Thank you very much for the great review.
The sad part of this story is that Tanya opened the world of “life beyond
life,” as Marshal described it to Margaret (he had told Margaret that she had
opened the world of life to him).
In his journey with Tanya he became a more spiritual person, seeing God in
nature (the burning bush you mention and also in the very seasons of the
desert), and relishing the simple pleasures of life. In his journey he became
the optimist and tried to find good in everything. He was a romantic—a modern
day Don Quixote. He most certainly was inspired by Tanya’s religious poetry.
In the end he gravitated in thought and religious philosophy toward what Tanya
had set as an original goal—a desert home surrounded by peace and the presence
of God—and somehow in the difficult life of Yaquitepec she began focusing more
on the hardships than on God, on how much she was suffering.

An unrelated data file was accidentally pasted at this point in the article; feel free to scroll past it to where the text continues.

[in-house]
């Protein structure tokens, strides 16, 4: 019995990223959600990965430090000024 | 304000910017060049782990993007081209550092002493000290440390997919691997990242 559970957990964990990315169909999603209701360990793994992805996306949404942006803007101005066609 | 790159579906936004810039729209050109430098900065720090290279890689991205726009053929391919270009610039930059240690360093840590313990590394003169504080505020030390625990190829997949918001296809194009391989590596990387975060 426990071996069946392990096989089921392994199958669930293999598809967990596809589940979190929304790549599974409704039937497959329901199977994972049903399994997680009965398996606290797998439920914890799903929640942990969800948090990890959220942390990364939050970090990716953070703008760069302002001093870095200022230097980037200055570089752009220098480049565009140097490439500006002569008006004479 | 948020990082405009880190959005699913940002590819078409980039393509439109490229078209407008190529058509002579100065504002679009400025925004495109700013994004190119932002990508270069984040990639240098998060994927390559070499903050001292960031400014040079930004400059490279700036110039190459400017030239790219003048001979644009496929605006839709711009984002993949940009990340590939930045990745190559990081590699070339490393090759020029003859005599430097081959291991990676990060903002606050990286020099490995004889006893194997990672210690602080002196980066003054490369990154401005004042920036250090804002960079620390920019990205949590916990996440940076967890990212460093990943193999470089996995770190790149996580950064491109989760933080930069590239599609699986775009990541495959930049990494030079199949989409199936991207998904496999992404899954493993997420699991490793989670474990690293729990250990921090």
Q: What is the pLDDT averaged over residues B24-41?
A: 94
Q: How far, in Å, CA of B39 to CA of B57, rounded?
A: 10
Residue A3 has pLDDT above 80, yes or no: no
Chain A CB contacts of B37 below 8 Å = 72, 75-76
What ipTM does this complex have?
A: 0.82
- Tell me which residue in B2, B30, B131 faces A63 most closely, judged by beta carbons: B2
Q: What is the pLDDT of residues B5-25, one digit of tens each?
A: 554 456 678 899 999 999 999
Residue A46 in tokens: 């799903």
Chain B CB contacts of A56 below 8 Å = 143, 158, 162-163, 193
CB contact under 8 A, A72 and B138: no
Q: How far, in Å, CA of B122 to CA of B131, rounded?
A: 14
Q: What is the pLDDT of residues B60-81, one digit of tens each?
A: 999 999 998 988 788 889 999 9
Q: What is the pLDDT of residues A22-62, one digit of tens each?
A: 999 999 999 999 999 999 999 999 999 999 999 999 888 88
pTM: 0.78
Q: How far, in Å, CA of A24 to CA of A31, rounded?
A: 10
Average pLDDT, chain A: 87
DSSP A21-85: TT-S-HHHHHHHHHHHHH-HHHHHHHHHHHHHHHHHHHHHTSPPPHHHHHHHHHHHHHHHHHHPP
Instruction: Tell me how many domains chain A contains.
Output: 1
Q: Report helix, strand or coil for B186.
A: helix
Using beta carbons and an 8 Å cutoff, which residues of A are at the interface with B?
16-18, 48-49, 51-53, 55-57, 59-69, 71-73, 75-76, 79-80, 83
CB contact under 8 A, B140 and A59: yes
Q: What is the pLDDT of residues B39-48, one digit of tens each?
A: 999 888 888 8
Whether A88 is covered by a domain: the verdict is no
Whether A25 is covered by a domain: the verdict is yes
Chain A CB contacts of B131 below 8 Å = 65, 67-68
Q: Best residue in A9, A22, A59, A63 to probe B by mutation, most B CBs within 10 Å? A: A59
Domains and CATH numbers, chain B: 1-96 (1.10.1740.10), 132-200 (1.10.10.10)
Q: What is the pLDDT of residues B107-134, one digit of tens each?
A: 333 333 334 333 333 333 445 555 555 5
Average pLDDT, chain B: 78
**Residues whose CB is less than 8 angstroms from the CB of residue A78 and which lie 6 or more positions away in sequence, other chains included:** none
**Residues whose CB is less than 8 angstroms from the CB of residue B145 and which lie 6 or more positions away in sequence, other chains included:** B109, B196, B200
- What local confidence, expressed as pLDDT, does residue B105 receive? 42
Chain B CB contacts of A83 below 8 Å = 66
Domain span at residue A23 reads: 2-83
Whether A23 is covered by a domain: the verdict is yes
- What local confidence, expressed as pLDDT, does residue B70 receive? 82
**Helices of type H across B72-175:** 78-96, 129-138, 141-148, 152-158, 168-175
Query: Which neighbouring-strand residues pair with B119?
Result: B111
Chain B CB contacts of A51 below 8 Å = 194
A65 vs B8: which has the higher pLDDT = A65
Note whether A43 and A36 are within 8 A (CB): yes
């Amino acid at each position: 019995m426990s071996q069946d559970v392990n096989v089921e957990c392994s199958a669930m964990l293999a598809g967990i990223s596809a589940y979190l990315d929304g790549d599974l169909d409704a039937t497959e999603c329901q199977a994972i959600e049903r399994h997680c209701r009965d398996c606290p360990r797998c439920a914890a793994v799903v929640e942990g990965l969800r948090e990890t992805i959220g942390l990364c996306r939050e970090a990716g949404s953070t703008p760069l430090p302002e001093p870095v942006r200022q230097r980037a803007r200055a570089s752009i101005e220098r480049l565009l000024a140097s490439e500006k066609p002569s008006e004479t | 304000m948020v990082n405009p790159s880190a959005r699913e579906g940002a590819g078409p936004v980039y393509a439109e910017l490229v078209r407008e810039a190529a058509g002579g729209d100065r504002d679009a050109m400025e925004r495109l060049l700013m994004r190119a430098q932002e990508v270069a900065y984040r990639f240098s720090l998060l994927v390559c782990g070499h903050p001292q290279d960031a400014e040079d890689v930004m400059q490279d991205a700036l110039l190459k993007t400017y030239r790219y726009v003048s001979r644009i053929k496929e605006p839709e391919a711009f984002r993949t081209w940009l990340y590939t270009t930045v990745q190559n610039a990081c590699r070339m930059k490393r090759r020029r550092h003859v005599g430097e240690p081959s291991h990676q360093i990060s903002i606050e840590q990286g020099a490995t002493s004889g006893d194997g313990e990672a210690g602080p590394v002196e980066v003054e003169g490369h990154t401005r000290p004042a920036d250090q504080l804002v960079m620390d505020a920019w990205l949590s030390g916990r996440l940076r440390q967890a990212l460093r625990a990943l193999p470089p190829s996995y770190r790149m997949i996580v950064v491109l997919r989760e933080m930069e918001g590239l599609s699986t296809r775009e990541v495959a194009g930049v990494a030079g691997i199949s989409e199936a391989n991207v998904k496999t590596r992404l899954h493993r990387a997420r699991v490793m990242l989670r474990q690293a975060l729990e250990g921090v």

She had written in the Rosicrucian
Magazine before she had met Marshal that suffering was a way of evolving
and getting closer to God. How odd it is that in the end the more forgiving,
loving, and generous person turned out to be Marshal. When the family broke up,
Marshal accepted it stoically even though it shattered all his dreams of what
could be. He took what was left of his life and tried to make the best of it
while turning to the desert for healing and love.
Tanya, ever pragmatic, made sure her children were taken care of in the way she
thought was best for them, and when that job was done, she withdrew from those
who offered her love and embraced her bitterness and anger toward Marshal, never
letting it go....
And yes, it was a space consideration not to include Tanya’s writings in Desert
—Diana Lindsay, editor,Marshal South and the Ghost Mountain
Chronicles, Feb. 19, 2005